When the weather outside is frightful, the driving’s not so delightful! In the winter, this means driving in snowy, slushy and icy conditions that require you to change up your habits as the temperatures drop. Test your winter driving knowledge with these five true or false questions, and find out if you’re ready to brave the snowy roads this winter.
If there isn’t a lot of snow forecasted for this winter, you don’t need winter tires; true or false?
False. Winter tires will help you navigate snowy and slushy roads better than your summer tires, but even if you’re not expecting a lot of snow in your area, you’ll want winter tires if the temperature drops below seven degrees celsius. Below this temperature, summer or all-season tires lose their grip on the road, making driving less safe. As a bonus, in many provinces you’ll qualify for a discount on your car insurance if you install winter tires.
If you hit black ice, don’t brake; true or false?
True. No matter how safe of a driver you are in the winter, you can easily lose control of your car by hitting a patch of black ice. Rather than slamming on the brakes – which could cause you to skid – you should ease off of the accelerator and calmly steer the car into the direction that you want to go (most likely, straight). When you feel your tires gaining traction again, you can gently accelerate.
The best way to get ready for the road in the winter is to warm up your car by idling for a few minutes, true or false?
False. Unless you’re driving a car that is over 20 years old, it doesn’t need to idle to ‘warm up,’ and unnecessary idling is just wasting gas. According to Natural Resources Canada, idling your car for ten minutes uses up to half litre of fuel. The best way to prepare your car for driving in the winter is to clear off any snow and ice that will obstruct your visibility – and that includes snow on the top of your car that could fall on your windshield while you’re on the road.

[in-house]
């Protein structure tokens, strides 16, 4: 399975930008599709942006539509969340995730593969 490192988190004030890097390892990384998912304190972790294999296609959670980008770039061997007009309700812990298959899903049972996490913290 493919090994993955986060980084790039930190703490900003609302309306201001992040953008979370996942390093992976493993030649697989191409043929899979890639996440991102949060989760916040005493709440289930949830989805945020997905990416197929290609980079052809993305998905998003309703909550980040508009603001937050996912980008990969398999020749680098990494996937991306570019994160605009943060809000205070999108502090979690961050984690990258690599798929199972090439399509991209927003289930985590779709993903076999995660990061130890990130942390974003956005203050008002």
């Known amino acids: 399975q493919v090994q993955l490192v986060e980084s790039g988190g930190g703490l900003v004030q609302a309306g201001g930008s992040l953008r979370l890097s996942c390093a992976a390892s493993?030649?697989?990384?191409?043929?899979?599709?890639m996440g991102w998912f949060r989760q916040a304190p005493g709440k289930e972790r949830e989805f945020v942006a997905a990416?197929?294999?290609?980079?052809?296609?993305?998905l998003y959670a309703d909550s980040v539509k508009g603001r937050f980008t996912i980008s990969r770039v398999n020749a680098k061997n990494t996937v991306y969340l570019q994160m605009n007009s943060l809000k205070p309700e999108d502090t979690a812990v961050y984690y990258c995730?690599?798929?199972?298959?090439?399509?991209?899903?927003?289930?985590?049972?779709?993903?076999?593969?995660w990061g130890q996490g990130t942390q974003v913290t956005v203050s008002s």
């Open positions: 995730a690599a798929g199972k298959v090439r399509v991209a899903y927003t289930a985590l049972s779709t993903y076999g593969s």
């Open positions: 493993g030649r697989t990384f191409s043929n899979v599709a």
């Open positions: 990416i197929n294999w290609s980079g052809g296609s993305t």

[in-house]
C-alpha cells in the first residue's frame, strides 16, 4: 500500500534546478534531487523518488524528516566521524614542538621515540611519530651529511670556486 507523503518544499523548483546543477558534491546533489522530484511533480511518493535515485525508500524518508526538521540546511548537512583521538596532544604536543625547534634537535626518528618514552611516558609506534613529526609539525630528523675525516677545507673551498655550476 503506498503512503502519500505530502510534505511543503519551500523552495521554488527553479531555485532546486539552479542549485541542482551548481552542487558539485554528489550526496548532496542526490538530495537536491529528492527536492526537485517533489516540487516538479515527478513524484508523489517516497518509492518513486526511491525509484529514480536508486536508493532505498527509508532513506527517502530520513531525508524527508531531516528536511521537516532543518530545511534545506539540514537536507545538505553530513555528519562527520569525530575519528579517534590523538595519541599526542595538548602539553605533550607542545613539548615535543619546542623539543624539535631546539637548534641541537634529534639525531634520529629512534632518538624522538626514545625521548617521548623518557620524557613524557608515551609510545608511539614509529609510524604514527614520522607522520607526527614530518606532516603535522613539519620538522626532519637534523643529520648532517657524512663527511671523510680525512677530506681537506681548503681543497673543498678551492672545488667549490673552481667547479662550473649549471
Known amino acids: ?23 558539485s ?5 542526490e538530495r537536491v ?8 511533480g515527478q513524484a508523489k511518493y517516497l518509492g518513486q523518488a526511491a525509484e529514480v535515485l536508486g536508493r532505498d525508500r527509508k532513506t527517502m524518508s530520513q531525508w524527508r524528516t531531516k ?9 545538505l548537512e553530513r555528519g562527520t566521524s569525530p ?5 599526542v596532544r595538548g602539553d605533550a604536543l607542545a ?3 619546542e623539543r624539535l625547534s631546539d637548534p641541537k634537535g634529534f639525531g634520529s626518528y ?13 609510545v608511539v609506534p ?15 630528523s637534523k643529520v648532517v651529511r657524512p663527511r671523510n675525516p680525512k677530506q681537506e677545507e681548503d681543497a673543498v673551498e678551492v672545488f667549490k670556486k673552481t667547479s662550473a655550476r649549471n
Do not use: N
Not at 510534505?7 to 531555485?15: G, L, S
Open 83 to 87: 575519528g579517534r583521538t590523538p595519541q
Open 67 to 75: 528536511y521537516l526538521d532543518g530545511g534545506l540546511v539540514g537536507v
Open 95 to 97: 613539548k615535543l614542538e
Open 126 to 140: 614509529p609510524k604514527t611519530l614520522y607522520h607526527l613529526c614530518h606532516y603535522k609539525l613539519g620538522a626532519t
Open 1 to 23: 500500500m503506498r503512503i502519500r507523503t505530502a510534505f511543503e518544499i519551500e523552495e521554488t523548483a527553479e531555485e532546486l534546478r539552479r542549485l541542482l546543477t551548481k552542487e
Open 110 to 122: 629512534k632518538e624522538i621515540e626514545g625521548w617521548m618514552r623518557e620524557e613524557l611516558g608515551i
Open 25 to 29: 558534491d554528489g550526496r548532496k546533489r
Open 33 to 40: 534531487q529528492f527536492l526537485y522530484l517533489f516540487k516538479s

The best way to quickly clear ice off your windshield is by pouring boiling water on it; true or false?
False. While it might do the trick and clear your windshield, pouring boiling water on a freezing cold windshield could worsen any existing cracks. Instead, you can create your own defrosting spray using water and rubbing alcohol.
There’s no point in cleaning your car in the winter, since it’s just going to get dirty again as soon as you leave the gas station; true or false?
False. Washing your car in the winter isn’t just to keep it looking great – it also prevents rust and corrosion caused by moisture (from snow and slush) and salt (from the road). At the beginning of the winter, a coat of wax can add an extra layer of protection to your car’s body, and regular car washes throughout the snowy months will help prevent damaging rust, which can compromise the integrity of your car’s exterior and eat away at your brake lines and exhaust system.